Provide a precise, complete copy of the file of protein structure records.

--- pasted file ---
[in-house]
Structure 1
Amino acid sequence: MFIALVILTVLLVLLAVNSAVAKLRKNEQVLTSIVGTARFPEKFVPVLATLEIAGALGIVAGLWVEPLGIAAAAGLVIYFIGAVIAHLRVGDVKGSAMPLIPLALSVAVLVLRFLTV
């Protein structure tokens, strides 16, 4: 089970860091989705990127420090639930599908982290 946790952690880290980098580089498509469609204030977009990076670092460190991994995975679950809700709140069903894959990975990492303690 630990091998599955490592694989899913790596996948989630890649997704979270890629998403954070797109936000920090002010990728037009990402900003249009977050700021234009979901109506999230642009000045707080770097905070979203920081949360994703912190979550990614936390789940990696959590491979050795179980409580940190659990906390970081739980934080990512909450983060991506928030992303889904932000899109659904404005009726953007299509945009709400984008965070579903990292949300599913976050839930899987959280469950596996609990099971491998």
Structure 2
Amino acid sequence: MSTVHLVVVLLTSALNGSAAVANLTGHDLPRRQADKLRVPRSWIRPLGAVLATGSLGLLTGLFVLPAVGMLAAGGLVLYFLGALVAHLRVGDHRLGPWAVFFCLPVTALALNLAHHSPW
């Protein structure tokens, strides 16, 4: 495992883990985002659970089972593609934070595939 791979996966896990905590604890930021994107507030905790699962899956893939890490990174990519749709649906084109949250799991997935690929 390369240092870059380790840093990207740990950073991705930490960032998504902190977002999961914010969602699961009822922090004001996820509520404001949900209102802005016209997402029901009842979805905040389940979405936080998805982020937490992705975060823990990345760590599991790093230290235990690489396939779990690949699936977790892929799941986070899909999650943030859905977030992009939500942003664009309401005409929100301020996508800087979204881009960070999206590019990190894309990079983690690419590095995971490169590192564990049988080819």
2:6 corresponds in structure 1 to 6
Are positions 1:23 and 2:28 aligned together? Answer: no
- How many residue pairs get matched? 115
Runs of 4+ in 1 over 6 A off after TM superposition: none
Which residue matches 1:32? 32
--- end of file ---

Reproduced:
[in-house]
Structure 1
Amino acid sequence: MFIALVILTVLLVLLAVNSAVAKLRKNEQVLTSIVGTARFPEKFVPVLATLEIAGALGIVAGLWVEPLGIAAAAGLVIYFIGAVIAHLRVGDVKGSAMPLIPLALSVAVLVLRFLTV
């Protein structure tokens, strides 16, 4: 089970860091989705990127420090639930599908982290 946790952690880290980098580089498509469609204030977009990076670092460190991994995975679950809700709140069903894959990975990492303690 630990091998599955490592694989899913790596996948989630890649997704979270890629998403954070797109936000920090002010990728037009990402900003249009977050700021234009979901109506999230642009000045707080770097905070979203920081949360994703912190979550990614936390789940990696959590491979050795179980409580940190659990906390970081739980934080990512909450983060991506928030992303889904932000899109659904404005009726953007299509945009709400984008965070579903990292949300599913976050839930899987959280469950596996609990099971491998």
Structure 2
Amino acid sequence: MSTVHLVVVLLTSALNGSAAVANLTGHDLPRRQADKLRVPRSWIRPLGAVLATGSLGLLTGLFVLPAVGMLAAGGLVLYFLGALVAHLRVGDHRLGPWAVFFCLPVTALALNLAHHSPW
């Protein structure tokens, strides 16, 4: 495992883990985002659970089972593609934070595939 791979996966896990905590604890930021994107507030905790699962899956893939890490990174990519749709649906084109949250799991997935690929 390369240092870059380790840093990207740990950073991705930490960032998504902190977002999961914010969602699961009822922090004001996820509520404001949900209102802005016209997402029901009842979805905040389940979405936080998805982020937490992705975060823990990345760590599991790093230290235990690489396939779990690949699936977790892929799941986070899909999650943030859905977030992009939500942003664009309401005409929100301020996508800087979204881009960070999206590019990190894309990079983690690419590095995971490169590192564990049988080819």
2:6 corresponds in structure 1 to 6
Are positions 1:23 and 2:28 aligned together? Answer: no
- How many residue pairs get matched? 115
Runs of 4+ in 1 over 6 A off after TM superposition: none
Which residue matches 1:32? 32